Ella Taylor

Ella Taylor is a freelance film critic, book reviewer and feature writer living in Los Angeles.

Born in Israel and raised in London, Taylor taught media studies at the University of Washington in Seattle; her book Prime Time Families: Television Culture in Post-War America was published by the University of California Press.

Taylor has written for Village Voice Media, the LA Weekly, The New York Times, Elle magazine and other publications, and was a regular contributor to KPCC-Los Angeles' weekly film-review show FilmWeek.

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Movie Reviews
9:43 pm
Thu November 13, 2014

In 'The Homesman,' A Most Unromantic American West

Hilary Swank and Tommy Lee Jones in The Homesman.
Dawn Jones Roadside Attractions

Originally published on Thu November 13, 2014 4:03 pm

Hilary Swank is a real looker in ways that tend not to get her cast in what the industry is pleased to call "women's pictures." She has seized the day to snag all manner of bracingly offbeat roles, the latest being Mary Bee Cuddy, a bonneted Nebraska frontierswoman in The Homesman who keeps repeating that she's "plain as an old tin pail," a slur thrown her way by a heedless neighbor. No one wants to marry Mary, even though she's smart, resourceful, cultivated and — like many who have suffered hurt early and often — endlessly kind.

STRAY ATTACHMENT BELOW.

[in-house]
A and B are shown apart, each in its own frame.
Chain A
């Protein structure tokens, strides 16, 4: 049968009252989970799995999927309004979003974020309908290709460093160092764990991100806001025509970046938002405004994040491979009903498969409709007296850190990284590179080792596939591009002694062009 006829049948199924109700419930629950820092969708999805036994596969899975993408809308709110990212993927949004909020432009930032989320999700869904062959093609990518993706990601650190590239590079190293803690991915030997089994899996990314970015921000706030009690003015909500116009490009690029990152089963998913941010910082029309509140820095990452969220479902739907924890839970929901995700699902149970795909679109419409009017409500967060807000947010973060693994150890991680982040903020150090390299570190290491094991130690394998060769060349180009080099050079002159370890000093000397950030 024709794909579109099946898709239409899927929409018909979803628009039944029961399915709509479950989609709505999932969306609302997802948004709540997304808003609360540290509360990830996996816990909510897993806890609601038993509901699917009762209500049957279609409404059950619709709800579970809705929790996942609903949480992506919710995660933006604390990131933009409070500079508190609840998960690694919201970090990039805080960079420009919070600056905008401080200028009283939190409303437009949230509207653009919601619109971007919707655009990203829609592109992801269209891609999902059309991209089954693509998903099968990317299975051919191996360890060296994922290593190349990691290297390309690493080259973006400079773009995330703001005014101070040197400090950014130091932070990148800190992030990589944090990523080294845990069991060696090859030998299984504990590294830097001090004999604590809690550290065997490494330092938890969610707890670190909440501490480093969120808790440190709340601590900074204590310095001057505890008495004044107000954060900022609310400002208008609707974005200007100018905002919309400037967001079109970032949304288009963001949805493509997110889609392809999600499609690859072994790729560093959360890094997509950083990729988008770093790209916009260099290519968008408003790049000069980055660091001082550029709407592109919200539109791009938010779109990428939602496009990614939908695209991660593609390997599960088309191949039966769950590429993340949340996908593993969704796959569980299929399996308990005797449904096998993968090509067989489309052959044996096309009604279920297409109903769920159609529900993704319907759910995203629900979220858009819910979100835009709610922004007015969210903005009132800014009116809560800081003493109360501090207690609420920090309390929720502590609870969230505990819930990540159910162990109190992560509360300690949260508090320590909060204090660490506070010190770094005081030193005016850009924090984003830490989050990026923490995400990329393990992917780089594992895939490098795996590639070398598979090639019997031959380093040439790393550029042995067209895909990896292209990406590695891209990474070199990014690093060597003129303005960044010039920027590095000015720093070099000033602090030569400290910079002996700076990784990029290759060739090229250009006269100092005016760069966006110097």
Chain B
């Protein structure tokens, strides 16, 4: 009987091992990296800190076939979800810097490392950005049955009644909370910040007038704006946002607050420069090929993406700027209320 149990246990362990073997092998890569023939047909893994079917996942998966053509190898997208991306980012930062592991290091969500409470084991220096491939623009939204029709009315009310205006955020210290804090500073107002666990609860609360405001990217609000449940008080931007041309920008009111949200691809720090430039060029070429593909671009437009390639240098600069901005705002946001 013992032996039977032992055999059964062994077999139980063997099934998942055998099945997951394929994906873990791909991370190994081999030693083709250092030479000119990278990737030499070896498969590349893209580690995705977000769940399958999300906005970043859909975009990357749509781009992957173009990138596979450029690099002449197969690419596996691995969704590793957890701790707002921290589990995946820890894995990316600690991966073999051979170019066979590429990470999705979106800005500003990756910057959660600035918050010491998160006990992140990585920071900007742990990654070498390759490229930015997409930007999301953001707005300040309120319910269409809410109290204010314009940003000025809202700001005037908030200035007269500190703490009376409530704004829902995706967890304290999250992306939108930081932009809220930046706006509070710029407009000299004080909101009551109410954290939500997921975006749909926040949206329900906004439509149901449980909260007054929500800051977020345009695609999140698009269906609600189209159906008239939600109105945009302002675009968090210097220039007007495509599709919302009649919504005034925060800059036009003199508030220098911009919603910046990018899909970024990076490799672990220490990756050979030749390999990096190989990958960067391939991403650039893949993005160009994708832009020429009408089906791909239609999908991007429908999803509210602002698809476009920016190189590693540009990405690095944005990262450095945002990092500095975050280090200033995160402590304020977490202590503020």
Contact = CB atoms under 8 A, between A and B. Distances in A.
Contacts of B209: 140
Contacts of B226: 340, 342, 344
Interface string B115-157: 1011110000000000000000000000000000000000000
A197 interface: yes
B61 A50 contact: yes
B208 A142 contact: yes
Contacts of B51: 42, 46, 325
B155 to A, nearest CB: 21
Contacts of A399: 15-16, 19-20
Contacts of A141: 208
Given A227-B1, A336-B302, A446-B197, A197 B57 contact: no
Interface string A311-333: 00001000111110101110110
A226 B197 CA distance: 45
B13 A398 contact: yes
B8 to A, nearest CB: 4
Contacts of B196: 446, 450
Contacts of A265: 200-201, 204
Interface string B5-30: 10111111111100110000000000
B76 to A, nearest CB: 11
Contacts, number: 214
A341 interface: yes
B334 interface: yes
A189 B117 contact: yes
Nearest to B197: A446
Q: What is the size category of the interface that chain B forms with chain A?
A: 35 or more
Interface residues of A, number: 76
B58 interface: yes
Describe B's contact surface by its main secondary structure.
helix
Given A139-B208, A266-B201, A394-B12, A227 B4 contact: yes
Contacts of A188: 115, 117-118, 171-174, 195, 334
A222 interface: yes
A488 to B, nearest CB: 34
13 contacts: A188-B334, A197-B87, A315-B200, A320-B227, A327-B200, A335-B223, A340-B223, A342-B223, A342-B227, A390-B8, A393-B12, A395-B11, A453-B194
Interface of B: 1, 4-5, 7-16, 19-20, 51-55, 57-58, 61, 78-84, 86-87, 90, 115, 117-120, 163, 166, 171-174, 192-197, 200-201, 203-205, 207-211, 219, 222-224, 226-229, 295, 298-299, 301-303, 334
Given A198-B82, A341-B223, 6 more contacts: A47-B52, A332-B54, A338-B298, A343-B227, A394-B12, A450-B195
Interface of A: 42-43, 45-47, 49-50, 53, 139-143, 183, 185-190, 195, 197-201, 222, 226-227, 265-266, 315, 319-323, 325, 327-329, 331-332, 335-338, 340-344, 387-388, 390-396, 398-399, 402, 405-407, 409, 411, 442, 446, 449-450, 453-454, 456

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Movie Reviews
5:36 pm
Thu October 2, 2014

Good-Hearted But Simplistic, 'The Good Lie' Fails To Satisfy

Originally published on Thu October 2, 2014 4:03 pm

I feel like a churl for voicing qualms about The Good Lie, a big, eager puppy of an issue movie that plants its paws on your chest and licks away at your cheek in eager expectation of praise. The story it tells, about a group of Sudanese refugees who, after a grinding journey to escape endless civil war at home, find refuge in Kansas, can't help but grab our sympathies. But this fact-based movie smothers an epic humanitarian crisis in a gooey parable of American largesse administered by Reese Witherspoon, serious brunette.

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Movie Reviews
9:21 am
Fri May 30, 2014

'Maleficent' Tells The Fairy Tale From The Wicked One's Perspective

Maleficent rehabilitates the most maligned figure in the fairy tale canon.
Frank Connor Disney

Originally published on Fri May 30, 2014 1:00 pm

Of all Disney heroines, Aurora, aka Sleeping Beauty, was the least inspiring. Not her fault: How much spark can you wring from a Forever Nap, especially one that's cut off by a kiss from a prince named after the Duke of Edinburgh?